Down the rabbit hole…

In one week, I’ll be forty-six years old. Young by many standards, old by others. I guess it’s middle-aged – if I live to be over ninety. I’m generally blasé about getting older as I acknowledge it is a privilege denied to many. I appreciate the wisdom that comes with each new spin around the sun and really don’t care about my wrinkling skin and drooping body parts. What my body looks like is irrelevant compared to what it can do. But that’s where getting older is affecting me. My body simply can’t do what it used to.
In the past six months I’ve realised I can’t handle fatty foods anymore, as I get very bloated and nauseous. I’ve developed lactose intolerance (I’ll spare you the description of what too much milk now does to me!) More than two alcoholic drinks makes gives me an instant headache. My left knee, which has always been a bit dodgy, now takes a week to recover from overexertion. Ten minutes in the sun and I’m red raw burnt. And I just ordered new glasses because my right eye is deteriorating rapidly. I feel very fucking old! I’m aware that many of these problems are a result of not looking after my body enough, rather than a symptom of aging. I guess it is the fact that I’m at an age where I feel the effects of poor choices more than before.
I’m usually a glass half-full kind of person, able to find positives in most circumstances. Then other days, fear can hit me out of nowhere and I feel a whoosh through my stomach like when you bottom out on a roller coaster. I had that today. Oddly brought on by a cup of coffee. My husband bought me a Grande latte from Zarraffa’s, something I’ve always loved. However, it was too much milk for the lactose intolerance I refuse to accept and I ended up in bed with severe stomach cramps. Laying there, feeling angry at myself for yet again ignoring the advice to stop drinking milk, I quickly turned maudlin. I thought about how both my Mum and paternal Grandma died at 59 from cancer. Melodramatically, I decided that meant, as of next week, I have just 13 years left. I did the maths and worked out how old that would make my kids so I could gauge whether they’d be old enough to cope without me. I determined Mick would be young enough to remarry. I wondered whether I would meet my Grandchildren. I cried at the prospect of not being around to meet them. Yep, I went right down the rabbit hole!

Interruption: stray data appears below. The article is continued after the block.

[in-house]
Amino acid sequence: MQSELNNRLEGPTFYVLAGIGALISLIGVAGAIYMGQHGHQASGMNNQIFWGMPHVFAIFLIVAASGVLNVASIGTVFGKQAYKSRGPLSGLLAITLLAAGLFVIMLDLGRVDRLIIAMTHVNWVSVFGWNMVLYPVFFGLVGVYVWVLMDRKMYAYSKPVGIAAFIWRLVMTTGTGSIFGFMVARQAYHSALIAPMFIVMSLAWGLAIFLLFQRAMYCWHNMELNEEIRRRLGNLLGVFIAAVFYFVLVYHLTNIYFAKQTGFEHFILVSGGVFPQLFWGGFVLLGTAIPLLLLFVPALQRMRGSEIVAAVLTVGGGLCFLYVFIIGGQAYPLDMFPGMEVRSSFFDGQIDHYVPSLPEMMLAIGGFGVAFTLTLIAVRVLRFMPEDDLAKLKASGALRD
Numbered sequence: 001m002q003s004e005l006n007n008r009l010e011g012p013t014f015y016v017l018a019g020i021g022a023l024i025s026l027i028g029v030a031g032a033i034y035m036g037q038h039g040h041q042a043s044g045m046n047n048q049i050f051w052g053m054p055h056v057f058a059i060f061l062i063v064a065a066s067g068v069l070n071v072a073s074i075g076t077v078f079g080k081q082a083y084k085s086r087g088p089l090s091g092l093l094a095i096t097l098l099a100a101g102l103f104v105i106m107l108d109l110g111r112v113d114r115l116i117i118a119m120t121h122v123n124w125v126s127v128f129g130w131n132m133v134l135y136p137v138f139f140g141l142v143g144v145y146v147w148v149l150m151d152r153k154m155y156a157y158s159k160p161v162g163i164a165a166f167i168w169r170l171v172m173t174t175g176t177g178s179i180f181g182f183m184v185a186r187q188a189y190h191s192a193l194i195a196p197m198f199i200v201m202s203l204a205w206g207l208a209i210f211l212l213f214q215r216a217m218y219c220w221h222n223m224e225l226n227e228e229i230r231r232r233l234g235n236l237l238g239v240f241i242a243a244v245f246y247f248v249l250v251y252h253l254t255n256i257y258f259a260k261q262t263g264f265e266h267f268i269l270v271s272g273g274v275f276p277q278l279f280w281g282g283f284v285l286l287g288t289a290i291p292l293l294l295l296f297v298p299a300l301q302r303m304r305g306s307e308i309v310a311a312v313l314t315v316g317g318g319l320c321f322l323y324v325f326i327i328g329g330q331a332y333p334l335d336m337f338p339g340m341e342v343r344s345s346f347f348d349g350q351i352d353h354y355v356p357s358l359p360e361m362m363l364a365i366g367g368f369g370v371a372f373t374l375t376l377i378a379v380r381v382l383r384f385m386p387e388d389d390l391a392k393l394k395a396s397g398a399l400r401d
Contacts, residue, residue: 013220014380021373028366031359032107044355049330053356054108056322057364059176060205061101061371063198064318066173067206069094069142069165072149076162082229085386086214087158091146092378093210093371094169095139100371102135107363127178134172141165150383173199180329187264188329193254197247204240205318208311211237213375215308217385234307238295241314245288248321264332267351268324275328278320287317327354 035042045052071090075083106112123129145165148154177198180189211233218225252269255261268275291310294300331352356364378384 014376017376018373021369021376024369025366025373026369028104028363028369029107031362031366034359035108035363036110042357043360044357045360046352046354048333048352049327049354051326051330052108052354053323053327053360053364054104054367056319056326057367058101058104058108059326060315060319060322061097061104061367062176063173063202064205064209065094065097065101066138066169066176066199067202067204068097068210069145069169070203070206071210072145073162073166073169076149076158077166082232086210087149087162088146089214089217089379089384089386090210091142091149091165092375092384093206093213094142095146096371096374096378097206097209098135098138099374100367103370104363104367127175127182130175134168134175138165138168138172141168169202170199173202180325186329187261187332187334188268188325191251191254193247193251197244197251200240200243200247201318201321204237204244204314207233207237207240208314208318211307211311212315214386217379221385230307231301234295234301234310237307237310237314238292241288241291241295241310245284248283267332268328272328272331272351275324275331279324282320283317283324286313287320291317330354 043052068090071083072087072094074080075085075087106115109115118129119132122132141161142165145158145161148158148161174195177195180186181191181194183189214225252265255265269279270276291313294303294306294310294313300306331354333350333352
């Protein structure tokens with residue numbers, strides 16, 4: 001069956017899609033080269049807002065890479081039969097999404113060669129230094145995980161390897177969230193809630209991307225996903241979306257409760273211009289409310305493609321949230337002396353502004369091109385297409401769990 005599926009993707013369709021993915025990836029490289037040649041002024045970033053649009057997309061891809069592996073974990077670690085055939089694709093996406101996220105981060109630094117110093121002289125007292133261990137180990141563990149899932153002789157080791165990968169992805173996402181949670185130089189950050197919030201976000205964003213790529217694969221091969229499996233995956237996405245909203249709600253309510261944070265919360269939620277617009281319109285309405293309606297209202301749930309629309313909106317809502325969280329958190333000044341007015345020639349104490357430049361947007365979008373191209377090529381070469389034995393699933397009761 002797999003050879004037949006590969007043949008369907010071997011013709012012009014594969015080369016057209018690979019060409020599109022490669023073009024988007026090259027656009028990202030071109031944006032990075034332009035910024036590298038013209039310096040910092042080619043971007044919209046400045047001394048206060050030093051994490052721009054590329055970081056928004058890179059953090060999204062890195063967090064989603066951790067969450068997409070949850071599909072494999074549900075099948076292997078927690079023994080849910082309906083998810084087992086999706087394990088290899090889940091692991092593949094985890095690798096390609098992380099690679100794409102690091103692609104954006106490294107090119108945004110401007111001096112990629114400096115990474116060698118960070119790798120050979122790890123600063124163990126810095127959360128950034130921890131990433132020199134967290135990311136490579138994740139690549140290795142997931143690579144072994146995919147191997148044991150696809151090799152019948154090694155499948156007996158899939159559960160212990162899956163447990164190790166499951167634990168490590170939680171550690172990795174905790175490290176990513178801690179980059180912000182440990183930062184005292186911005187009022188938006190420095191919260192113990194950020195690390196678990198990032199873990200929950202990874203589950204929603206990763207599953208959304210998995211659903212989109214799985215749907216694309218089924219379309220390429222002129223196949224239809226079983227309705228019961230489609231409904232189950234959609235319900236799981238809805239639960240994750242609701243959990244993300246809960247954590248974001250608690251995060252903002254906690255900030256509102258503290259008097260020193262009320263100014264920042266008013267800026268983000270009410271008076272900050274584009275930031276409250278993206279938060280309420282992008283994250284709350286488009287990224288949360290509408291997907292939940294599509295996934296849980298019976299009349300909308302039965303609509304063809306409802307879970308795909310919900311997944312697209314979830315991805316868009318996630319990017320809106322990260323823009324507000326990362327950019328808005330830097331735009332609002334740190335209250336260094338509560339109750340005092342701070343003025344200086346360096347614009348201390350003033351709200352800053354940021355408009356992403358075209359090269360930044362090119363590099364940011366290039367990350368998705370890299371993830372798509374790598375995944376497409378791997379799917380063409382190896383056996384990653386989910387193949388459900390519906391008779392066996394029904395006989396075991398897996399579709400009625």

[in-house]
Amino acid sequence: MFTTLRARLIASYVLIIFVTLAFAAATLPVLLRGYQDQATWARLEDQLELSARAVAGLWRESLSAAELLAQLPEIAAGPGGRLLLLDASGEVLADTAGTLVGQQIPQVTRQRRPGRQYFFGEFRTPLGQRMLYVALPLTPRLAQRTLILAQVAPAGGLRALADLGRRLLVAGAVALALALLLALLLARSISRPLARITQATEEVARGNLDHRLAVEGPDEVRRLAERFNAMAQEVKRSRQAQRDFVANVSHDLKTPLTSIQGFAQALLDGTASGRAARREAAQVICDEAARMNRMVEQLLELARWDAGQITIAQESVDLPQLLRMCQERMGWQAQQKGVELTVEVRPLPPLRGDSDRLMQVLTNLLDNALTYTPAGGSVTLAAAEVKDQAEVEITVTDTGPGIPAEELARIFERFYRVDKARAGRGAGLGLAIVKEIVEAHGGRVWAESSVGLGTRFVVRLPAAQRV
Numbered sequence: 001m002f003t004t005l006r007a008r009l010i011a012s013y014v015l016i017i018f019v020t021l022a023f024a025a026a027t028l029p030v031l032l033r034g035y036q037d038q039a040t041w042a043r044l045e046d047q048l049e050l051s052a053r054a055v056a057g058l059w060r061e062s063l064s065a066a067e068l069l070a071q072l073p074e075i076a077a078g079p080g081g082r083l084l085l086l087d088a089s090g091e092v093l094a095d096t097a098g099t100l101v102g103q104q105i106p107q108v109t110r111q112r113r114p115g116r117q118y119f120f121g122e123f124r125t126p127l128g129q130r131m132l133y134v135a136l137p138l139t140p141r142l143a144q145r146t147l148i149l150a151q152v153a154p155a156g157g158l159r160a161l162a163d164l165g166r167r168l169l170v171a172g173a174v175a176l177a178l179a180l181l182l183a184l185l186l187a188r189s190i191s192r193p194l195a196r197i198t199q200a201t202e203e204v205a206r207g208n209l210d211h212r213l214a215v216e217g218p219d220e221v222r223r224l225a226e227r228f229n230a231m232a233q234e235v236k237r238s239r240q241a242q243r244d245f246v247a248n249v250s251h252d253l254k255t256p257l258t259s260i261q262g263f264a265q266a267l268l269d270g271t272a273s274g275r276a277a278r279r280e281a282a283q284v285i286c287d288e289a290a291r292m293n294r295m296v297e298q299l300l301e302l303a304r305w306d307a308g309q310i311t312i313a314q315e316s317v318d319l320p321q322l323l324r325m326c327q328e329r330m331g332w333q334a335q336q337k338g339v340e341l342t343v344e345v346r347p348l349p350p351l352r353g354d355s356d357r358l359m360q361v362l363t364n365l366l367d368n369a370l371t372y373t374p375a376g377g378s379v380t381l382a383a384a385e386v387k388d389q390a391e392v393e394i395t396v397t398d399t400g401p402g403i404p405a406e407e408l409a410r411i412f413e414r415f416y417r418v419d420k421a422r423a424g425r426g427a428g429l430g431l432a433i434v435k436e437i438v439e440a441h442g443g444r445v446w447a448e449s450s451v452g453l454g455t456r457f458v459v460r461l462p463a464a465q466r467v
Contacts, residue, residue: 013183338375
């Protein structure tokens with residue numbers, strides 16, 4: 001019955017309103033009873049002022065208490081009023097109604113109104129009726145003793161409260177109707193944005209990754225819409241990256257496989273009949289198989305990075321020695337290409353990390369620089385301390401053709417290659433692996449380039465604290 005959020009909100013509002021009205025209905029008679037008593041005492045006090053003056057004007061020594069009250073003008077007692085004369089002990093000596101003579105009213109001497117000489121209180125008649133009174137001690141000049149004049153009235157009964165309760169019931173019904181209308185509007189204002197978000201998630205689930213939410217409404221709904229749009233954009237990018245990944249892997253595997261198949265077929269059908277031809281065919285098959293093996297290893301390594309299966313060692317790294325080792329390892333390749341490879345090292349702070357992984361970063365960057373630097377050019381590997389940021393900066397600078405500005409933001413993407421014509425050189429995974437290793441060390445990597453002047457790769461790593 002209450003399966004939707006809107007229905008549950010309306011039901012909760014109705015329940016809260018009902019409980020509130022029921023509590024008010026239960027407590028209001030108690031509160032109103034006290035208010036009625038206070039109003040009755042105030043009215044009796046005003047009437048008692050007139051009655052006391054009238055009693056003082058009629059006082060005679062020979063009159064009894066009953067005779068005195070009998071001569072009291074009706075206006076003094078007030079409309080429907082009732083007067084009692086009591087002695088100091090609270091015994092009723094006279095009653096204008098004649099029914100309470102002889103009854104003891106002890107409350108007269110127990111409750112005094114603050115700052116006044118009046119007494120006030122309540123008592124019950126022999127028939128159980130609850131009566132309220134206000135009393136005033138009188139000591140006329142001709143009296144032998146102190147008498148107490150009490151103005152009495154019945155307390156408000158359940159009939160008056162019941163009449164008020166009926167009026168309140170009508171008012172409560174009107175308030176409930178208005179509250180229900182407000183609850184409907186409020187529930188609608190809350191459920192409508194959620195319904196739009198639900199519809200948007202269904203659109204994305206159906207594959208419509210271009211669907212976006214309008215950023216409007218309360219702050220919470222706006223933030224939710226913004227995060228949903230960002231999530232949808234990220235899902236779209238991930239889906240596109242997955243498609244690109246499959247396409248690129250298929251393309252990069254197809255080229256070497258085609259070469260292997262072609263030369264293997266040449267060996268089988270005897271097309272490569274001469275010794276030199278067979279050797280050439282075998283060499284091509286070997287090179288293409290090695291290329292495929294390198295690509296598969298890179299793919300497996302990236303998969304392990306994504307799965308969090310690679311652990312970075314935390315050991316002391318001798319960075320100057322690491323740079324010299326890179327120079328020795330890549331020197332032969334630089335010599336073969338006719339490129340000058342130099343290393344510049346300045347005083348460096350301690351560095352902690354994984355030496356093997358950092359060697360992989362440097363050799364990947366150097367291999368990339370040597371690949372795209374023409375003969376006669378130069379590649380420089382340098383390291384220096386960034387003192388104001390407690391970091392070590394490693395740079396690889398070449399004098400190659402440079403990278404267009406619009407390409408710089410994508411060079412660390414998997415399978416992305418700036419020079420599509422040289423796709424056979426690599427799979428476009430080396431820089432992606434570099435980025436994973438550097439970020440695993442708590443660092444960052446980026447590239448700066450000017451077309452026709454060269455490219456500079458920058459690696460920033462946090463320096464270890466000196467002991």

Now I sit here writing, struggling with a bloated stomach because I went on to eat hot chips for lunch. Seriously – when will I learn? I did at least buy lactose-free milk for tomorrow’s coffee. I feel a little sheepish about how far I let my self-pity go this morning. I acknowledge that I am exceptionally blessed to have a fully able body, great health considering my history of poor choices and live a lifestyle that many people will never be fortunate enough to get a chance at. The issues I am now having are minor inconveniences that I can minimise and control. Perhaps I just needed to write this out to force a little perspective. So, I am off to get my glass half full mindset back, probably with a glass completely full of wine. It is Friday after all – and I really never do learn!
By the way, my 60th birthday party is going to be AMAZING!

Photo – two dinosaurs? 🙂